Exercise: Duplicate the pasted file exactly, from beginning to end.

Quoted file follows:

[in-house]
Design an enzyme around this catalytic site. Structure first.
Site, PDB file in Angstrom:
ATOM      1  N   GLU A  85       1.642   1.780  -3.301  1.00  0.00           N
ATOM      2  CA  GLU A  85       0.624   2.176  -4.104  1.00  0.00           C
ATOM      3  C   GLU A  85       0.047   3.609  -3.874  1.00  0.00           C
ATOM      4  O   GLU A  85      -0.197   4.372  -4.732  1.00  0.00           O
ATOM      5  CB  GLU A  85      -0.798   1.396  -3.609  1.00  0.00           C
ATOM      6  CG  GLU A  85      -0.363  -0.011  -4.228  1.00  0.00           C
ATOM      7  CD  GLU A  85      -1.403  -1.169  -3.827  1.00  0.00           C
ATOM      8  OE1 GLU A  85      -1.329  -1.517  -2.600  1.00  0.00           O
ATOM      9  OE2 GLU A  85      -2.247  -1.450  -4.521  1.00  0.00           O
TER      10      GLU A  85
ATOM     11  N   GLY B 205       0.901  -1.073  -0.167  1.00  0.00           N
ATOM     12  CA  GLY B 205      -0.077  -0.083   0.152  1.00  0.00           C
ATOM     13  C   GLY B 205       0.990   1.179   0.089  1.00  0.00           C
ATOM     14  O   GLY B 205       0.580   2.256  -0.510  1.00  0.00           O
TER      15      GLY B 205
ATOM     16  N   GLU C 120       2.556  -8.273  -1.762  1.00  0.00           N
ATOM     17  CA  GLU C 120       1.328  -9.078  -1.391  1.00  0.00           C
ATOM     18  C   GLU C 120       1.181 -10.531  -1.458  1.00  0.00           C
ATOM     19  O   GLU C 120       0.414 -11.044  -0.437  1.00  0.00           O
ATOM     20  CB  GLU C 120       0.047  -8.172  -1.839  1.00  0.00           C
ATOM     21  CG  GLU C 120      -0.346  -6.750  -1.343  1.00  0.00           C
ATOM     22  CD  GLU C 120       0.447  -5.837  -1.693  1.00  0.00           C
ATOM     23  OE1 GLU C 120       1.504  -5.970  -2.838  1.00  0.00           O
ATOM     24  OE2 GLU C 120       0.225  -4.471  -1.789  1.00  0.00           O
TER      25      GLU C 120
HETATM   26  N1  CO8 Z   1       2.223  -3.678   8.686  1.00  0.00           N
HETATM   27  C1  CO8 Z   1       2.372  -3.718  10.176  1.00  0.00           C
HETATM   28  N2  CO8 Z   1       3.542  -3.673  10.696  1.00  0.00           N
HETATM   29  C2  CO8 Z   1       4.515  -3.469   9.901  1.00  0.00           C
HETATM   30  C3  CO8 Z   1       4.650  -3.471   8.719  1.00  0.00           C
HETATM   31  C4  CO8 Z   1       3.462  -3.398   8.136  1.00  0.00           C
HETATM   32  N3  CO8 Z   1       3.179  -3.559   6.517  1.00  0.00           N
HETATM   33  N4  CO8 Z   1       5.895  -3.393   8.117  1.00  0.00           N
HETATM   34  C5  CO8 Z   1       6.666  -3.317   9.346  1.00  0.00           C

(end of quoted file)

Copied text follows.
[in-house]
Design an enzyme around this catalytic site. Structure first.
Site, PDB file in Angstrom:
ATOM      1  N   GLU A  85       1.642   1.780  -3.301  1.00  0.00           N
ATOM      2  CA  GLU A  85       0.624   2.176  -4.104  1.00  0.00           C
ATOM      3  C   GLU A  85       0.047   3.609  -3.874  1.00  0.00           C
ATOM      4  O   GLU A  85      -0.197   4.372  -4.732  1.00  0.00           O
ATOM      5  CB  GLU A  85      -0.798   1.396  -3.609  1.00  0.00           C
ATOM      6  CG  GLU A  85      -0.363  -0.011  -4.228  1.00  0.00           C
ATOM      7  CD  GLU A  85      -1.403  -1.169  -3.827  1.00  0.00           C
ATOM      8  OE1 GLU A  85      -1.329  -1.517  -2.600  1.00  0.00           O
ATOM      9  OE2 GLU A  85      -2.247  -1.450  -4.521  1.00  0.00           O
TER      10      GLU A  85
ATOM     11  N   GLY B 205       0.901  -1.073  -0.167  1.00  0.00           N
ATOM     12  CA  GLY B 205      -0.077  -0.083   0.152  1.00  0.00           C
ATOM     13  C   GLY B 205       0.990   1.179   0.089  1.00  0.00           C
ATOM     14  O   GLY B 205       0.580   2.256  -0.510  1.00  0.00           O
TER      15      GLY B 205
ATOM     16  N   GLU C 120       2.556  -8.273  -1.762  1.00  0.00           N
ATOM     17  CA  GLU C 120       1.328  -9.078  -1.391  1.00  0.00           C
ATOM     18  C   GLU C 120       1.181 -10.531  -1.458  1.00  0.00           C
ATOM     19  O   GLU C 120       0.414 -11.044  -0.437  1.00  0.00           O
ATOM     20  CB  GLU C 120       0.047  -8.172  -1.839  1.00  0.00           C
ATOM     21  CG  GLU C 120      -0.346  -6.750  -1.343  1.00  0.00           C
ATOM     22  CD  GLU C 120       0.447  -5.837  -1.693  1.00  0.00           C
ATOM     23  OE1 GLU C 120       1.504  -5.970  -2.838  1.00  0.00           O
ATOM     24  OE2 GLU C 120       0.225  -4.471  -1.789  1.00  0.00           O
TER      25      GLU C 120
HETATM   26  N1  CO8 Z   1       2.223  -3.678   8.686  1.00  0.00           N
HETATM   27  C1  CO8 Z   1       2.372  -3.718  10.176  1.00  0.00           C
HETATM   28  N2  CO8 Z   1       3.542  -3.673  10.696  1.00  0.00           N
HETATM   29  C2  CO8 Z   1       4.515  -3.469   9.901  1.00  0.00           C
HETATM   30  C3  CO8 Z   1       4.650  -3.471   8.719  1.00  0.00           C
HETATM   31  C4  CO8 Z   1       3.462  -3.398   8.136  1.00  0.00           C
HETATM   32  N3  CO8 Z   1       3.179  -3.559   6.517  1.00  0.00           N
HETATM   33  N4  CO8 Z   1       5.895  -3.393   8.117  1.00  0.00           N
HETATM   34  C5  CO8 Z   1       6.666  -3.317   9.346  1.00  0.00           C